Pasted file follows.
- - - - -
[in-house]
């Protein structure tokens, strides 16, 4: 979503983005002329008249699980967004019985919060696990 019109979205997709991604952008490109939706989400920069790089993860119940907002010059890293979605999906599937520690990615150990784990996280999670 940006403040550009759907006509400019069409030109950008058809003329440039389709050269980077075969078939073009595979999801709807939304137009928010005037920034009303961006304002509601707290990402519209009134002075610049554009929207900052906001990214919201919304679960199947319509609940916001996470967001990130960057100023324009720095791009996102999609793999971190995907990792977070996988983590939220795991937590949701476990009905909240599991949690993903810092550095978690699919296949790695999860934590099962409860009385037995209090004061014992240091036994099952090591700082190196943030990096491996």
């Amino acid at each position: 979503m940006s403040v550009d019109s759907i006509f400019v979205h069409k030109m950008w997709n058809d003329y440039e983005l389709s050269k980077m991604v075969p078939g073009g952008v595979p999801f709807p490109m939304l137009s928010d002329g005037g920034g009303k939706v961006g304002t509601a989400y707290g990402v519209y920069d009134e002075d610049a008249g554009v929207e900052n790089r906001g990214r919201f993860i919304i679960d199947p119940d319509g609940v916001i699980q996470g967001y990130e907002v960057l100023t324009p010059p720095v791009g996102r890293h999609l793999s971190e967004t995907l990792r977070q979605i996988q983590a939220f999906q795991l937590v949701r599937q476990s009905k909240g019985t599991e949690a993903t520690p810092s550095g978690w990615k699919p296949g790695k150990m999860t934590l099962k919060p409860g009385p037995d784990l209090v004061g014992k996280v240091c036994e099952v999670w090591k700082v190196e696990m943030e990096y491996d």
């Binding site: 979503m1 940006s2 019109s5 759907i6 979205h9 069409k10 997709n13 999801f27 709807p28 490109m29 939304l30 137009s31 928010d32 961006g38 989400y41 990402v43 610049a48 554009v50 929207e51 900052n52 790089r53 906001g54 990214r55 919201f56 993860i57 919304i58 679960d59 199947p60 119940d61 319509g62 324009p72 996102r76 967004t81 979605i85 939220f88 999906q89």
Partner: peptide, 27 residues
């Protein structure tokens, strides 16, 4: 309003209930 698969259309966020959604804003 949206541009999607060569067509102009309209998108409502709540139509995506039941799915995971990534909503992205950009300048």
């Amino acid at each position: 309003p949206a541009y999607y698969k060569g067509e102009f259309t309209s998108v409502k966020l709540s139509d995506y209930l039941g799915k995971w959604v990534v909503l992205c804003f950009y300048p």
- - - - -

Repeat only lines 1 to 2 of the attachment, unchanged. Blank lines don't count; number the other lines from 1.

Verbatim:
[in-house]
């Protein structure tokens, strides 16, 4: 979503983005002329008249699980967004019985919060696990 019109979205997709991604952008490109939706989400920069790089993860119940907002010059890293979605999906599937520690990615150990784990996280999670 940006403040550009759907006509400019069409030109950008058809003329440039389709050269980077075969078939073009595979999801709807939304137009928010005037920034009303961006304002509601707290990402519209009134002075610049554009929207900052906001990214919201919304679960199947319509609940916001996470967001990130960057100023324009720095791009996102999609793999971190995907990792977070996988983590939220795991937590949701476990009905909240599991949690993903810092550095978690699919296949790695999860934590099962409860009385037995209090004061014992240091036994099952090591700082190196943030990096491996």